Thanks for the great tips. Here are my most important take-aways from the above.

    I’m always surprised when people say that they have no questions in an interview. Please at least have ONE question prepared. How can you not have questions about a future role or the company or the team structure? And, if at all possible, take an interest and find out a little about who you’re actually talking to in a specific interview – by asking the recruiter/HR rep/agency or doing some digging on the I-net.

    Also as mentioned please come prepared with paper/pen and any other materials sent to you before the interview. I send out detailed schedules, info, etc. to candidates, that in turn arrive on the day of without them and asking for copies… Sometimes it’s the little things.

    Just my 2 cents.

  3. Lauren Smith says:

    How do you "ask for the job" in an interview?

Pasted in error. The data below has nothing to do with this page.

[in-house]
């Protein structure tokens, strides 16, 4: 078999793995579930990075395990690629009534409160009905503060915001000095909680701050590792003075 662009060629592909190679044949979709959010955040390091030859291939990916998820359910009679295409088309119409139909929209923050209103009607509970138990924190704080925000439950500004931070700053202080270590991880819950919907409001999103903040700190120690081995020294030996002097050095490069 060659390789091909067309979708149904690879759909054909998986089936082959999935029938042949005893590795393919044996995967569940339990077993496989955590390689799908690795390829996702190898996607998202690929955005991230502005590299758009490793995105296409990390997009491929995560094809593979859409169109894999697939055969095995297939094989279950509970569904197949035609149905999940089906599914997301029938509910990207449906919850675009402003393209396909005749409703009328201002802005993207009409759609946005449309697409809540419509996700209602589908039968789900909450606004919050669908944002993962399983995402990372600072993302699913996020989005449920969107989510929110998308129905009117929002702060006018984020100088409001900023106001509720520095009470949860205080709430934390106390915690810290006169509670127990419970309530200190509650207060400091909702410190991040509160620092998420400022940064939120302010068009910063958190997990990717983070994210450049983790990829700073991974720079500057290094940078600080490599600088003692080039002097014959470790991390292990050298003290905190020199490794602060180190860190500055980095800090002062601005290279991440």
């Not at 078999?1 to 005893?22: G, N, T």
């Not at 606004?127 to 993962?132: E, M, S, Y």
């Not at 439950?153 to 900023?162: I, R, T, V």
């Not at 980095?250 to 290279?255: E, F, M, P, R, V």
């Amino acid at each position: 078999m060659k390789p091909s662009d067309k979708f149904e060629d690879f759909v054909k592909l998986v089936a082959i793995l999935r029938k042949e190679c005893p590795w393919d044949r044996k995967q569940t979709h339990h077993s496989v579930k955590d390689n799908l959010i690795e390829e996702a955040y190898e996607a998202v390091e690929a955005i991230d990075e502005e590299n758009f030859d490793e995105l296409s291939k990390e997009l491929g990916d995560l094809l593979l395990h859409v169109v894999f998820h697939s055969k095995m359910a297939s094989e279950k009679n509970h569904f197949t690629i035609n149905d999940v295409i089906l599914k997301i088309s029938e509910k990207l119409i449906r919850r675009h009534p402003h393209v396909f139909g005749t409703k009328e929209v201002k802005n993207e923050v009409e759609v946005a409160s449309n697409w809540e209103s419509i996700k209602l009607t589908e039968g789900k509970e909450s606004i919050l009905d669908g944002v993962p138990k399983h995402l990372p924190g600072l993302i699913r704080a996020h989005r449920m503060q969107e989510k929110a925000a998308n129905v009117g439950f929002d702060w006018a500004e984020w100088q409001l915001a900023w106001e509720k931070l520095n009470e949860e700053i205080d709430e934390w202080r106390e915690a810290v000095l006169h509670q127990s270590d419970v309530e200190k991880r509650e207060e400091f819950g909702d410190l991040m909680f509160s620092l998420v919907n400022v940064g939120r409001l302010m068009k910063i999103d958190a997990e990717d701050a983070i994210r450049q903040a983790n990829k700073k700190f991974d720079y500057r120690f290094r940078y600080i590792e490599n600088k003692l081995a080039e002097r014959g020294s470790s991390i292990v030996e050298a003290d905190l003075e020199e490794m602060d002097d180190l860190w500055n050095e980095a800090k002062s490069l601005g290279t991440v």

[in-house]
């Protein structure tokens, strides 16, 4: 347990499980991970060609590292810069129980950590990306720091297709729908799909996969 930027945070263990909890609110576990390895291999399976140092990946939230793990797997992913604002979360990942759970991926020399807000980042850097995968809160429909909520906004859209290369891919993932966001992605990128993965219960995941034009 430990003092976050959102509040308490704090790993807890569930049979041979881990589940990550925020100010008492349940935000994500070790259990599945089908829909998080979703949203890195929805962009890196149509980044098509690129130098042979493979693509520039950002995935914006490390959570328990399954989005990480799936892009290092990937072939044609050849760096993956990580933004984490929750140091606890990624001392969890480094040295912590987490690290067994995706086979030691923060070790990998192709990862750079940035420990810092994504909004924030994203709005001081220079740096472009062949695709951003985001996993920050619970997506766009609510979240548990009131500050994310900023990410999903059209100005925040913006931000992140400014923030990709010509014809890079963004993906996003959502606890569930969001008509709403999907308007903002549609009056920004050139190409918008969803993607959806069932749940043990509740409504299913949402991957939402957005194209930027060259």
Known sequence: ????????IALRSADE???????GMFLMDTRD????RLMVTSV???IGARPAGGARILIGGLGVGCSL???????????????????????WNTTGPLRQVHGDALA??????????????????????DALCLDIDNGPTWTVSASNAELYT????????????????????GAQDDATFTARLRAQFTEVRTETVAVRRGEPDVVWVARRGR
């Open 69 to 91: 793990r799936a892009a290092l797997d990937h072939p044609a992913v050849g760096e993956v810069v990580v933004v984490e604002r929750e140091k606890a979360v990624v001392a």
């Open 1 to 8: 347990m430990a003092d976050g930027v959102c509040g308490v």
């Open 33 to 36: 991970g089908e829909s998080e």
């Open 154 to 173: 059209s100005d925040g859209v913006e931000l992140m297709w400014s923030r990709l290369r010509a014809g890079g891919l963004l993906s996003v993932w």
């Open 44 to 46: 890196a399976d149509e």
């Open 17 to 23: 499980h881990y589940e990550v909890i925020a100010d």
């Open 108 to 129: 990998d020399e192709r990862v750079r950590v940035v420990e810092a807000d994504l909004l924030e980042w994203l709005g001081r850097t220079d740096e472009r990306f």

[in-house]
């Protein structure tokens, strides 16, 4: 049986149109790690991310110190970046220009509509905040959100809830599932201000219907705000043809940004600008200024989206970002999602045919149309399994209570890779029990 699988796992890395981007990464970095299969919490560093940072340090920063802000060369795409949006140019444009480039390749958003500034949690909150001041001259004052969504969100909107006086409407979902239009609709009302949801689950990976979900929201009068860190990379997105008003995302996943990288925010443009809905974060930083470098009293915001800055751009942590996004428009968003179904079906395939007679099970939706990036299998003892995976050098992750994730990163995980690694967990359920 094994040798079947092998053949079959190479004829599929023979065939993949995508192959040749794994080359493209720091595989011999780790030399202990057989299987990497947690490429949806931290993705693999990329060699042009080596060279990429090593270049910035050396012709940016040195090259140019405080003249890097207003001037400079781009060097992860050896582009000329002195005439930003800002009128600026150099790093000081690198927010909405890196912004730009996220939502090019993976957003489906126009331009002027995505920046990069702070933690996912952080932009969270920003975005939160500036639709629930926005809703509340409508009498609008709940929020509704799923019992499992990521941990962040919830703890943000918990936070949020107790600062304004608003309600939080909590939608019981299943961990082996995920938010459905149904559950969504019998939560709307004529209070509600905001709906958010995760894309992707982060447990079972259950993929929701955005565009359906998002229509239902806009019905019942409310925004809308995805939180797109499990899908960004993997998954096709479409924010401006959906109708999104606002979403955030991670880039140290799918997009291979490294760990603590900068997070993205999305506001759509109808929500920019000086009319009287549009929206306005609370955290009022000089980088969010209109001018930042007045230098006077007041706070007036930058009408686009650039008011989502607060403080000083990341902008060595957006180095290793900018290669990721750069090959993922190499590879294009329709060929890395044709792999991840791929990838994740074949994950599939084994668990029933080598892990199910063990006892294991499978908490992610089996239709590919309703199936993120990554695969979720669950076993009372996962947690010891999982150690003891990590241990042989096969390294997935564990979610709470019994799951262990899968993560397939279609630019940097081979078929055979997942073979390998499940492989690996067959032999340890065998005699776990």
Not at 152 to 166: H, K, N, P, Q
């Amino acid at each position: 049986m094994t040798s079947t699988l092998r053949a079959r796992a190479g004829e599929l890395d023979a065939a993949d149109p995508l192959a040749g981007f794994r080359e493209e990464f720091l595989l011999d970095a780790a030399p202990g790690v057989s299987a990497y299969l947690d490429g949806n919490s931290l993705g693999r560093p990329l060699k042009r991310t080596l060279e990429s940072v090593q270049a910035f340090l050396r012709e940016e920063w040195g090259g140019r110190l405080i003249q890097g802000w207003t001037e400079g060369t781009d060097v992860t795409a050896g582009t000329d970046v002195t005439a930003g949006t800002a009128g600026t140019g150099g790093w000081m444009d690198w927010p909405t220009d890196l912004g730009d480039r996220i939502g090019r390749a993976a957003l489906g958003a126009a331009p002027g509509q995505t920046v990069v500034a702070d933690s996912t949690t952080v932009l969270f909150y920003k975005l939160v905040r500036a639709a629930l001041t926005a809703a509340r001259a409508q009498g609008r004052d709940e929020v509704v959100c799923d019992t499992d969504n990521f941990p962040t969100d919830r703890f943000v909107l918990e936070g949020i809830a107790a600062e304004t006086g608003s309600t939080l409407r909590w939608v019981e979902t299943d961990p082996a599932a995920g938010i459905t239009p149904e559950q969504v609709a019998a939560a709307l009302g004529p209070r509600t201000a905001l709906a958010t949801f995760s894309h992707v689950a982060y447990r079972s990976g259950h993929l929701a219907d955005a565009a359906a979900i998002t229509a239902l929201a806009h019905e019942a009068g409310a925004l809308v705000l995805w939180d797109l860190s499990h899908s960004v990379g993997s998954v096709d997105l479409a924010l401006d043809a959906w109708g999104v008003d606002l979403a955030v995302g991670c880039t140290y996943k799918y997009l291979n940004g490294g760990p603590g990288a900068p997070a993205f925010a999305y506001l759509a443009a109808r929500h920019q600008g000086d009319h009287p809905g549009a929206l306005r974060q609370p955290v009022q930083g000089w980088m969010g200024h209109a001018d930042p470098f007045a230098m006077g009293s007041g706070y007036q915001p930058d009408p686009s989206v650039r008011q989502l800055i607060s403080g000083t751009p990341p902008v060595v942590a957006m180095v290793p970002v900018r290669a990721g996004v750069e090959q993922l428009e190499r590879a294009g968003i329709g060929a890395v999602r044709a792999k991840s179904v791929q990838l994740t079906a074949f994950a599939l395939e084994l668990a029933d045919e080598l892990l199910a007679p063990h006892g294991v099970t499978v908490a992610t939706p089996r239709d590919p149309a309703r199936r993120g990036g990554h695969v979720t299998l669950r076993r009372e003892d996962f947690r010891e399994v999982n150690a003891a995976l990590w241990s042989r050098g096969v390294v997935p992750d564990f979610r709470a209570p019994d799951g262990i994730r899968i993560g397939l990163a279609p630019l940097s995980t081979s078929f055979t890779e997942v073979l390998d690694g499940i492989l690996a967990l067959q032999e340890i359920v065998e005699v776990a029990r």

Is it supposed to be one of the followup questions to the hiring manager?

    It seems pretty pushy to put the interviewer on the spot like that, especially considering that hiring is not a one-person deal. There is a group of at least 4 or 5 people who will have input. Doesn’t asking for the job show that you haven’t researched the company and its hiring process?

  4. HeatherLeigh says:

    Lauren- that is actually a great question. Tim might want to weigh in here but I’ll give my opinion (when have you known me not to give my opinion?). I think you ask for the job without pushing for an answer. You basically tell them you want it. I have seen interview feedback come back before where the interviewer felt the prospect was disinterested or feeling really unsure that the position is something that the prospect wants to do. I thikn it’s a good wrap up to when your final interviewer asks if you have questions. You give them any questions that you have and then tell them at the end that you are really interseted in the position and why (you really connected with the team, you feel you could be challenged/make an impact, it’s a role you could get excited about, it’s the type of work you see yourself doing, it’s a space you feel you would be successful in, etc.).